Chicken salad, lasagna, and a party atmosphere
STONEHAM - On a recent evening, three generations are gathered in Nicole Stefanelli’s cozy kitchen to start preparing food, and lots of it. Son Kevin Fitzgerald, 18, graduated from high school earlier this month, and in a couple of days, 120 guests will arrive to mark the occasion.
And if they’re smart, they’ll come hungry. Everything in this house is made from scratch, from the tomato sauce in the lasagna to the filling for homemade whoopie pies. “I’ve never had a party catered in my life, never brought in food,’’ says Stefanelli. “I wouldn’t be happy with it.’’
Recent years have brought even more compelling reasons to cook at home: Daughter Jessica, now 12, was diagnosed with celiac disease - she cannot eat gluten, which is in many dishes, including pastas and desserts - and Kayla, 14, appears to have the condition as well. Stefanelli, an inveterate baker, had to rethink all her cherished recipes. Undaunted, she experimented, tinkered, tasted, and tested. Ultimately, Mom came up with results that passed muster with everyone in the family. As a result, she recently launched a line of gluten-free baked goods out of her kitchen under the name Strawberry Moon (www.strawmoon.com).
Her daughters’ dietary restrictions haven’t cramped Stefanelli’s style. Tonight, she’s making two lasagnas for the graduation celebration: one gluten-free and the other traditional. Although there are plenty of gluten-free noodles on the market, Stefanelli is picky about taste and texture, and will use only Tinkyada brand pasta made from brown rice.
The lasagna recipe itself is one that’s been in her family at least a couple of generations. “My grandmother was a fabulous cook,’’ says Stefanelli. Her mother, Claire Sirois, agrees. She’s on hand, chopping celery for her famous chicken salad. Stefanelli fondly recalls visiting her grandmother in her Cambridge home and watching Julia Child on television with her. “I used to say to my mother, when she cooked something, ‘It’s good, but you don’t make it like Gram.’ ’’ Now, she says, laughing, her own kids tell her the same thing.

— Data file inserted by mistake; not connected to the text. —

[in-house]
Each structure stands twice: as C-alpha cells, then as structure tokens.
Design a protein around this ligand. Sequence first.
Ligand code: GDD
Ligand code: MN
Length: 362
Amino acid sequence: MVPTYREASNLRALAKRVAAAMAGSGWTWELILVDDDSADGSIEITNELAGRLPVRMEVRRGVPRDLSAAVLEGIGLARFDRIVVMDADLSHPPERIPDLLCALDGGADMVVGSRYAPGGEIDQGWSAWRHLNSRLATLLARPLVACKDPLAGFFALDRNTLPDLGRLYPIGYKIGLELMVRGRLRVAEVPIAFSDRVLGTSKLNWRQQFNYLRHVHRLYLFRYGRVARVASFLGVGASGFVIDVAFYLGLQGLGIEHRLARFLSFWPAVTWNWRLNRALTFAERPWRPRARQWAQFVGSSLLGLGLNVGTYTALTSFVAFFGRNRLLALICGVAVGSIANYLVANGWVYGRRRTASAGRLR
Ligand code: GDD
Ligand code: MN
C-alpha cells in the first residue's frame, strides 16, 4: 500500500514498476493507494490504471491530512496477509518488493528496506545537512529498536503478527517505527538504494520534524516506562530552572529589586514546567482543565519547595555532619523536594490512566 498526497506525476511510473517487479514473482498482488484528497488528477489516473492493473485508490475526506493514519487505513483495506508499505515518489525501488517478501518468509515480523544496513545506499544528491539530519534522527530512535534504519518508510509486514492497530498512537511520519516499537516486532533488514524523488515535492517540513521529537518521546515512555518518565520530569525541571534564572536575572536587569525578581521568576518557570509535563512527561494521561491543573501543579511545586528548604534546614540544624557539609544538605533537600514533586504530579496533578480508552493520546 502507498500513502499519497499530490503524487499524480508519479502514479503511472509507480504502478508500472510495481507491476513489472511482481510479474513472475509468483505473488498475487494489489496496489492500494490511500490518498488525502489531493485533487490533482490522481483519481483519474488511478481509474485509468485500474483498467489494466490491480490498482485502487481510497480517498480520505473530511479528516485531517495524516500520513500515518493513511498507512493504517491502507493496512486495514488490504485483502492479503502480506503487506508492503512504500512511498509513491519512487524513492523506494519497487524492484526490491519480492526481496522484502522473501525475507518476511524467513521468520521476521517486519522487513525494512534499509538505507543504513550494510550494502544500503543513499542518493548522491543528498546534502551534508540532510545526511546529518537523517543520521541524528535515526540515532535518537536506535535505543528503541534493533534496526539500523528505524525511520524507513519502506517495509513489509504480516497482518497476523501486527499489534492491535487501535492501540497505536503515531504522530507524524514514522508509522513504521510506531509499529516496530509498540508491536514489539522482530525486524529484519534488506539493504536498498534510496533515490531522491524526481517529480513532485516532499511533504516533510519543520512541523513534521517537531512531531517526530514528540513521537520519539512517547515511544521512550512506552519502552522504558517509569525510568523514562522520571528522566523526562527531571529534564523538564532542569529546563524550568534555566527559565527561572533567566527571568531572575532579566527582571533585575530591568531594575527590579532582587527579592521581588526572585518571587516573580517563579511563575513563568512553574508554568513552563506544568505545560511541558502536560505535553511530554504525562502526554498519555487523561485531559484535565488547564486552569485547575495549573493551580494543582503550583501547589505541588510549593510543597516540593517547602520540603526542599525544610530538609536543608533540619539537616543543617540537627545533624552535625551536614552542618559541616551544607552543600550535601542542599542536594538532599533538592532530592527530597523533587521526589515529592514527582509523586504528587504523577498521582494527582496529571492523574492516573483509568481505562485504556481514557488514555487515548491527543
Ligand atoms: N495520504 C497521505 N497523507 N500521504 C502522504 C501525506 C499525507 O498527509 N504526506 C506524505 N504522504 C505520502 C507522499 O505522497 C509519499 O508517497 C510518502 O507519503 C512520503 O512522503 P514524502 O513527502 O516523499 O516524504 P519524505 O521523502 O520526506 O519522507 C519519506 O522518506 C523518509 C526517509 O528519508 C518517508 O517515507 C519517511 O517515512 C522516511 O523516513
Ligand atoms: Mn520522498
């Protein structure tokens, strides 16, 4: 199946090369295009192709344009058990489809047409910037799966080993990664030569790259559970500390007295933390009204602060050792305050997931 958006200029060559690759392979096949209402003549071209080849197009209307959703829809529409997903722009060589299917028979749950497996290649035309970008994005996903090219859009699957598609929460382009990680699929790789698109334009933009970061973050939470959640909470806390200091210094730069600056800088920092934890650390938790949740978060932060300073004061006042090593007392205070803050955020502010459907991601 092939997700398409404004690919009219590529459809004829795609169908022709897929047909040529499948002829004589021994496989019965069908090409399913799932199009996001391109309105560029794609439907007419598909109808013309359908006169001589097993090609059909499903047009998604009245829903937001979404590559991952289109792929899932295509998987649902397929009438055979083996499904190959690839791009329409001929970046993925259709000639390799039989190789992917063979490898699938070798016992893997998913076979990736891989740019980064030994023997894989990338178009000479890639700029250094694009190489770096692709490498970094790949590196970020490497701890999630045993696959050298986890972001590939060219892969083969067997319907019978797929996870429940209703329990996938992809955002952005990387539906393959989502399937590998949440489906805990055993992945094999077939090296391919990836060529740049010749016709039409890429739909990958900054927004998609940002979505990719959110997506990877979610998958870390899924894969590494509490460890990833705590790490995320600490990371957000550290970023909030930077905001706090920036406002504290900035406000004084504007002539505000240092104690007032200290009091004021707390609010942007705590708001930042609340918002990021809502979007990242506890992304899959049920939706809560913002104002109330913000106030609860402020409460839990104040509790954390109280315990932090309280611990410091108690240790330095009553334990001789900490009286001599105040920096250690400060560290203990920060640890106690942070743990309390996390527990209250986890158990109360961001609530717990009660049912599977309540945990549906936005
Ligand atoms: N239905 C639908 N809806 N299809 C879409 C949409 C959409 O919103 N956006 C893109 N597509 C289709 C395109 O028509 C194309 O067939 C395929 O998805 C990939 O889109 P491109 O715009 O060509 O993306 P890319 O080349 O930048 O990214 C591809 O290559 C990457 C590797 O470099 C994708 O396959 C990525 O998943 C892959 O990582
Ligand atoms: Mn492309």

The party menu will include marinated pork and chicken cooked on the grill by husband Dave, baked sausage and peppers, the lasagna and chicken salad, sides, and a raft of gluten-free baked goods. It’s simple, tasty food - just the thing for a multigenerational crowd that’s sure to include lots of teens.
One of the most popular items is always Sirois’s chicken salad. “Every time she serves it, it’s gone,’’ says Stefanelli. “She just puts in the right amount of mayo, the right amount of lemon juice, she cuts everything so it’s just kind of cubed.’’ This simple-looking recipe remains a mystery, even to her. “I know - how can it be this good?’’
Watching Sirois prepare her famous salad provides a clue. She chops the celery swiftly but precisely into well-defined, tiny bits. “If you cut them too small,’’ she warns, “they’ll get watery.’’ Too large, and they lose their delicate texture. Onions are cut even more finely: “I don’t like to bite into a big piece of raw onion,’’ she says. As a result, the onion flavor pervades but doesn’t dominate. Chicken is diced small enough to permit dainty bites, but not so small as to get mushy. The result is a chicken salad that is not trendy, not exotic, certainly not innovative, but ineffably perfect.
Across the room, Stefanelli assembles a lasagna with similar care. With practiced hands, she layers ricotta in just the right proportions, overlaps the noodles just so, spreads on a thick blanket of mozzarella cheese. “He likes mozzarella,’’ she says, nodding at Dave. “Lots of mozzarella. And it looks good on top.’’ This party workhorse is a year-round entertaining staple - good for graduations, showers, and whatever else crops up.
But for all her attention to detail, the hostess says that the secret to successful entertaining isn’t the food. “The key is for us to find each other at the party,’’ she says, gesturing toward her assembled family members. “Find each other and hang out.’’